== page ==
You’re a rational person, aren’t you? And yet there are hundreds of decisions and choices that you make each day without consciously applying this rationality, or thinking these choices through. In fact, “thinking them through” is not only time consuming – it’s hard work: which is why we’ve all developed shortcuts that help us, and why we rely on things that we just know and feel.
Of course, sitting behind these decisions is a disparate collection of beliefs, experiences and memories, but most of our feeling and decision-making is done in an instant. Our ‘implicit’ neurosystem drives the vast majority of what we do, day-to-day. It also sits behind how brands work in the brain; which in turn explains why, in research and insight development, our spontaneous first impressions and immediate choices are a vastly more valuable currency than our more thought-through rationalisations.
This has all sorts of implications for the way in which we go about talking to people, and in particular when we present them with new ideas and expect them to feed back to us in quantified surveys. And yet, for the most part, what we know about how people make judgements isn’t applied to how we research new ideas.
This is especially true of naming. While brand naming might not be the most critical thing you do, but it’s still one of the toughest jobs in marketing. A brand name doesn’t transform a bad product into good, or vice versa, but a great name can make a marketer’s job much easier. Done well, it can leap out at consumers and convey the essence of an idea in a mere word or two.
It’s a tough process because it often divides opinion in an organisation, and those involved are living and breathing the intended meanings, poring over the alternatives and vying for their favourites. This hyper-rational process doesn’t reflect how brand names operate in the real world when people encounter them. However, it’s not an easy thing to research well, as research approaches can often encourage the participants to become overly rational, too.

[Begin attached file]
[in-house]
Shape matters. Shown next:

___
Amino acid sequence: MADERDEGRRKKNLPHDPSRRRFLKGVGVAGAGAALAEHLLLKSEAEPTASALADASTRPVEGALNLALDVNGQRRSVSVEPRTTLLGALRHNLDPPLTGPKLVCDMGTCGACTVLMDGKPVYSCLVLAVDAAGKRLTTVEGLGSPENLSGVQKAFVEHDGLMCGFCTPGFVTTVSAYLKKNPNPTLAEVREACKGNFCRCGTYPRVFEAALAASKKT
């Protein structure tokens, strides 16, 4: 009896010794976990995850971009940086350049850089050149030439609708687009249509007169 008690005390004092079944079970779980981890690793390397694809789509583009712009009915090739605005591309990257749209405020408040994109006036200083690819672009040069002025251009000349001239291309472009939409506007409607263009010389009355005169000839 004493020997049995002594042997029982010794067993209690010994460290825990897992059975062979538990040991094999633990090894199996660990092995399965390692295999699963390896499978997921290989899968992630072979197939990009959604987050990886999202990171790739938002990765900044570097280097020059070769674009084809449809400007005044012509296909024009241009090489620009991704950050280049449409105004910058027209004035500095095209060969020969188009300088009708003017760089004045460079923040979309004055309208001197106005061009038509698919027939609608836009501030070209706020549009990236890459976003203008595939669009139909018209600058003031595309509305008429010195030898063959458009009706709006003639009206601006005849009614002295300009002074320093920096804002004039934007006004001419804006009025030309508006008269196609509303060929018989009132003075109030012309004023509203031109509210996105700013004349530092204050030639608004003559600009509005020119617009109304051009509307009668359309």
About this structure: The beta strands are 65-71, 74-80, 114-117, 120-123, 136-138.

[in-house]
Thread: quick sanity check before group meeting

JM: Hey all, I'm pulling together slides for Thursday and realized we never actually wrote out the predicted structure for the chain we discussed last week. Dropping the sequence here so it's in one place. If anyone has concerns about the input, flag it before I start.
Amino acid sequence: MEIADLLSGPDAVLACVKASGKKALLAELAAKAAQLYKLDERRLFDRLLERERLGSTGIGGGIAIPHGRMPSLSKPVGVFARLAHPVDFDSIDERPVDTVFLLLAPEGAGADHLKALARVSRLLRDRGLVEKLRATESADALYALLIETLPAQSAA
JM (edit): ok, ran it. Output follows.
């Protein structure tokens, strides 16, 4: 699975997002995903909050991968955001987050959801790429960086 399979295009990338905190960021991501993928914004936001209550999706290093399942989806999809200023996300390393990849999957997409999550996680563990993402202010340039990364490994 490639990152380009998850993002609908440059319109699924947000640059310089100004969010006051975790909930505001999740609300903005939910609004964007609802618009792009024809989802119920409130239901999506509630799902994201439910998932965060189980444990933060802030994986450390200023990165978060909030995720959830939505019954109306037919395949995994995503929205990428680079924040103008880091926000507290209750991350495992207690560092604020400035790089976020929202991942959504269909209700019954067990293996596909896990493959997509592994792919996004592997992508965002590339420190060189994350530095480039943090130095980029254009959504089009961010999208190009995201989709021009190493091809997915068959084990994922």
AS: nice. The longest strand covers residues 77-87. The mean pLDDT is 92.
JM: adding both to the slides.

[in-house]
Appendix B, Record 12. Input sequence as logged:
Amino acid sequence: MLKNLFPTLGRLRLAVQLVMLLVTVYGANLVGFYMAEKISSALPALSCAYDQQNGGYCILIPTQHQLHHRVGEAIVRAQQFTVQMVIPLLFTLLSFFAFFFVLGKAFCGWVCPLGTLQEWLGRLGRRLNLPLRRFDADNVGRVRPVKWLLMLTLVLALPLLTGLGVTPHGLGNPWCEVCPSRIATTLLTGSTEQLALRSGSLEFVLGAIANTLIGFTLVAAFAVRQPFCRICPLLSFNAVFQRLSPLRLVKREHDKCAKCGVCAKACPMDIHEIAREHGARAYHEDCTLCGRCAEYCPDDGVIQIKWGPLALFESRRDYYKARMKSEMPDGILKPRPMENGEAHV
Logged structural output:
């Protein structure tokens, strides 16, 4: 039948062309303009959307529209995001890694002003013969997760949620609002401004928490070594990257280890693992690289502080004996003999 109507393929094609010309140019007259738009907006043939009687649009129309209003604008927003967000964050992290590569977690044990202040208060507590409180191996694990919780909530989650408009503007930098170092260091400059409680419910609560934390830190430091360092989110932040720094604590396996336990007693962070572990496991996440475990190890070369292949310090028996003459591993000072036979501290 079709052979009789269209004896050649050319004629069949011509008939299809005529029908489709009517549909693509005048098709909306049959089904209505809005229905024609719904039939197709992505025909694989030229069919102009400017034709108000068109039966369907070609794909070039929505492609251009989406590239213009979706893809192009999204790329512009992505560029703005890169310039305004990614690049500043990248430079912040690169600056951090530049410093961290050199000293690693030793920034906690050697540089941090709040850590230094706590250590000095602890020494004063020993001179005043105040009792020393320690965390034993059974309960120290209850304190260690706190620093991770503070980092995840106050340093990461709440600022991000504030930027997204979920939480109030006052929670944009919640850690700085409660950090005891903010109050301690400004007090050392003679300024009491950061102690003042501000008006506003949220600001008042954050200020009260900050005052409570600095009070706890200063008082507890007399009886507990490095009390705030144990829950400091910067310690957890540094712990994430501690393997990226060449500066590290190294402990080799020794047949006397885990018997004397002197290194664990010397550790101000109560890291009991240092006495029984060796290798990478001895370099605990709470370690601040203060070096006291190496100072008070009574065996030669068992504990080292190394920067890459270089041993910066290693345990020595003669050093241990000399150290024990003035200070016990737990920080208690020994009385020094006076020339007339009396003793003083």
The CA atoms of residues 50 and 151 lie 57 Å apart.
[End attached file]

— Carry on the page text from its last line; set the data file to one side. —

Look carefully at the questions in a typical pre-test or attitudinal survey, especially in the context of when a new item of stimulus or some alternative ideas are being presented to the target market, and you’ll see scaled questions that require people to think carefully about how they think and feel (What comes to mind when you see this? – answer in your own words…. How interested are you? How likely are you to buy this? Why do you prefer that one? … and so on – with verbal scales that try to capture shades or degrees of opinion.)
These types of approach encourage people to ponder and weigh up options and alternatives. And this leads to over-rationalised answers, often veering towards the safe, the most descriptive, or perhaps the category norm.
Far more effective is to tap into people’s implicit responses to names. Think of some of the famous brands we live with – Red Bull, Uber, Twitter, John Lewis, Monzo, Zurich Insurance and so on. Each of these names instantly conveys meaning without us having to know anything about the brand itself and without us having had personal experience with them. Malcolm Gladwell powerfully captured this notion, calling it the ‘blink test’ – we make judgements in the bat of an eye. And now there are any number of papers from the world of behavioural economics that back this up.
It’s high time that research techniques are adapted to the way in which we know human beings make decisions. It’s always been harder to justify instinctive responses to names for internal stakeholders who deal in facts, figures and rationality, but behavioural economics now puts science behind those responses, lending them the weight and credibility that they deserve.
We owe it to ourselves to embrace this latest thinking – go on, you never know, you could even make a name for yourself.
The Namer is an implicit choice tool from Acacia Avenue that can help brands tap into consumers’ system 1 responses to their names, in as little as 6 hours. To find out more, visit zappistore.com.